The U.S. military says it is "reasonably certain" that a British Islamic State (IS) militant nicknamed by the media as "Jihadi John" was killed in a drone strike.
Army Colonel Steve Warren, a spokesman for the U.S.-led coalition conducting air strikes against IS fighters, said on November 13 that Mohammed Emwazi, the man's real name, is thought to have been killed in the Syrian city of Raqqa but that the military was still seeking confirmation.
Warren said the drone strike was a "fairly routine operation" to kill Emwazi, whom he called a "human animal."
The BBC has quoted a senior British military official who says there is a "high degree of certainty" that "Jihadi John” was killed in the drone strike.
An unnammed U.S. official was quoted earlier as saying the air strike was "flawless" and the infamous British militant was "evaporated."
However, British Prime Minister David Cameron said it remains unclear whether the man who beheaded several Western hostages in IS videos had been killed.
A Kuwaiti-born British citizen believed to be in his 20s, Emwazi has been described by a Spanish journalist who was a former hostage as a bloodthirsty psychopath who enjoyed threatening Western hostages.
The journalist, Javier Espinosa, who had been held in Syria for more than six months after his abduction in September 2013, said those being held by three British-sounding captors nicknamed them "the Beatles," with Jihadi John a reference to Beatles member John Lennon.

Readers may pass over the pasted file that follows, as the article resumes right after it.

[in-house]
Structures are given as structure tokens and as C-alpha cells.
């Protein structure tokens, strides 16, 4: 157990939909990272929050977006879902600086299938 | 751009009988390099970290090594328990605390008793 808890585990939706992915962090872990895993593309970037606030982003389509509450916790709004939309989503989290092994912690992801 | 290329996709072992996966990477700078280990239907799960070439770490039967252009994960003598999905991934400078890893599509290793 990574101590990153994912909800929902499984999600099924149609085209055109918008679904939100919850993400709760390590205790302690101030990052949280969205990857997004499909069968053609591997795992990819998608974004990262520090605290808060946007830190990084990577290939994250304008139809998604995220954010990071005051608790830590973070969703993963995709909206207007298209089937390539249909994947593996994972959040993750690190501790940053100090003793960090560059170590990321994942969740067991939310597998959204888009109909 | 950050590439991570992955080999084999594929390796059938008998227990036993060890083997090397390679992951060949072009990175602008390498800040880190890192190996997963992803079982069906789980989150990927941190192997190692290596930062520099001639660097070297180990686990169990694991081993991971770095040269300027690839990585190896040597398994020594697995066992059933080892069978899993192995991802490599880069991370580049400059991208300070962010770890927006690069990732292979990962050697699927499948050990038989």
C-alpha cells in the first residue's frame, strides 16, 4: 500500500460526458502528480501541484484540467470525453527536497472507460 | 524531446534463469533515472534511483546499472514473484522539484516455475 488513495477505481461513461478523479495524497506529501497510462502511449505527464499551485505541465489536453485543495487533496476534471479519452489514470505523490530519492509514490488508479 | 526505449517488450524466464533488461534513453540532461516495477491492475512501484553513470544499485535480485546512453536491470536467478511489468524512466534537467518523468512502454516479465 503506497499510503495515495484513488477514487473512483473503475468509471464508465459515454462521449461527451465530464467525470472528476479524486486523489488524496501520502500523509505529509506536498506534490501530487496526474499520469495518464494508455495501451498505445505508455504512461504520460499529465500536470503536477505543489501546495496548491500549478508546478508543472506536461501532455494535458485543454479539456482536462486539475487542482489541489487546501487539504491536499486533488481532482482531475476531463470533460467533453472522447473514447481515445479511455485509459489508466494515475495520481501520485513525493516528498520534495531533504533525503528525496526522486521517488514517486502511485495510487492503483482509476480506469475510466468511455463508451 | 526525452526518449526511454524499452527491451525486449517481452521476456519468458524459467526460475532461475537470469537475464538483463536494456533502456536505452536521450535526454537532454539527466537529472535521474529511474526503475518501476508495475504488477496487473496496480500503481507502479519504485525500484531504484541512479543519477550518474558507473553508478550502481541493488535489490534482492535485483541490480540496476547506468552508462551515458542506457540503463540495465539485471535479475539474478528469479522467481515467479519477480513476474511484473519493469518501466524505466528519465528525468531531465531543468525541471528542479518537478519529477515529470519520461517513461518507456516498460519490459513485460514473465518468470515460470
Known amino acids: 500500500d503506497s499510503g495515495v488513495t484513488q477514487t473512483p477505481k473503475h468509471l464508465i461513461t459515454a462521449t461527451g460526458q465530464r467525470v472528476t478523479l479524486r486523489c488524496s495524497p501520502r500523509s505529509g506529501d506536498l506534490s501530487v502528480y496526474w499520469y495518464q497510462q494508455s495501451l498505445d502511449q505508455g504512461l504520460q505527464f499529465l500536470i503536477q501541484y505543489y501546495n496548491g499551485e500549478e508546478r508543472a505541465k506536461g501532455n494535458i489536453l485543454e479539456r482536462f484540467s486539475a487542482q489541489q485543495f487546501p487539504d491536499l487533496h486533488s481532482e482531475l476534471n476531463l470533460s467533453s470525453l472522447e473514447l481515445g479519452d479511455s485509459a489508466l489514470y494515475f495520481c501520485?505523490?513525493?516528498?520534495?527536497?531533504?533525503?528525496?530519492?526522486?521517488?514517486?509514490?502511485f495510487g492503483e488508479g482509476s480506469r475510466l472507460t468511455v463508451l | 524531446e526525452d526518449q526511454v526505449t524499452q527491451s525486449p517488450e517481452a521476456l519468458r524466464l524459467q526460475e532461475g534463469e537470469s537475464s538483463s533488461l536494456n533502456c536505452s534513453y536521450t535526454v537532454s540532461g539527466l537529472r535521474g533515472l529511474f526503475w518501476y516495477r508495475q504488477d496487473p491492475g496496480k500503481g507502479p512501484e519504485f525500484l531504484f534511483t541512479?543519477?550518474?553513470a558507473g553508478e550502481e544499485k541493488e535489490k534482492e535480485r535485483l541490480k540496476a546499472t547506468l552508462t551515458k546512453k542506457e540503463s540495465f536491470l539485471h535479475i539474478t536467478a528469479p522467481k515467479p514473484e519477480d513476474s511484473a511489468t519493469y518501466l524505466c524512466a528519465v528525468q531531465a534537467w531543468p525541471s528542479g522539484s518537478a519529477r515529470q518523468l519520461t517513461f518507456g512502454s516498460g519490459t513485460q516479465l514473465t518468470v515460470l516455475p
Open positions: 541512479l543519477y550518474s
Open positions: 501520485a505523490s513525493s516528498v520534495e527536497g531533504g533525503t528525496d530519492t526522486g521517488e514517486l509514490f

Among those beheaded by Islamic State militants in videos posted online since August 2014 were U.S. journalists Steven Sotloff and James Foley, U.S. aid worker Abdul-Rahman Kassig, British aid workers David Haines and Alan Henning, and Japanese journalist Kenji Goto.
Britain's intelligence community had Emwazi on its list of potential terror suspects for years, officials said, but was unable to prevent him from traveling to Syria. He had been known to the nation's intelligence services since at least 2009, when he was connected with investigations into terrorism in Somalia.
The strike to get Emwazi coincided with the beginning of a major U.S.-backed offensive against IS in northern Iraq.
U.S. Secretary of State John Kerry said while on a visit to Tunis on November 13 that the IS's "days are numbered."
Meanwhile, in Istanbul, a suspected associate of Emwazi was detained by Turkish authorities on November 13.
The man is reportedly thought to be Briton Aine Lesley Davis, who worked for the IS as a guard for foreign hostages in Syria.
Based on reporting by BBC, Reuters, AP, and AFP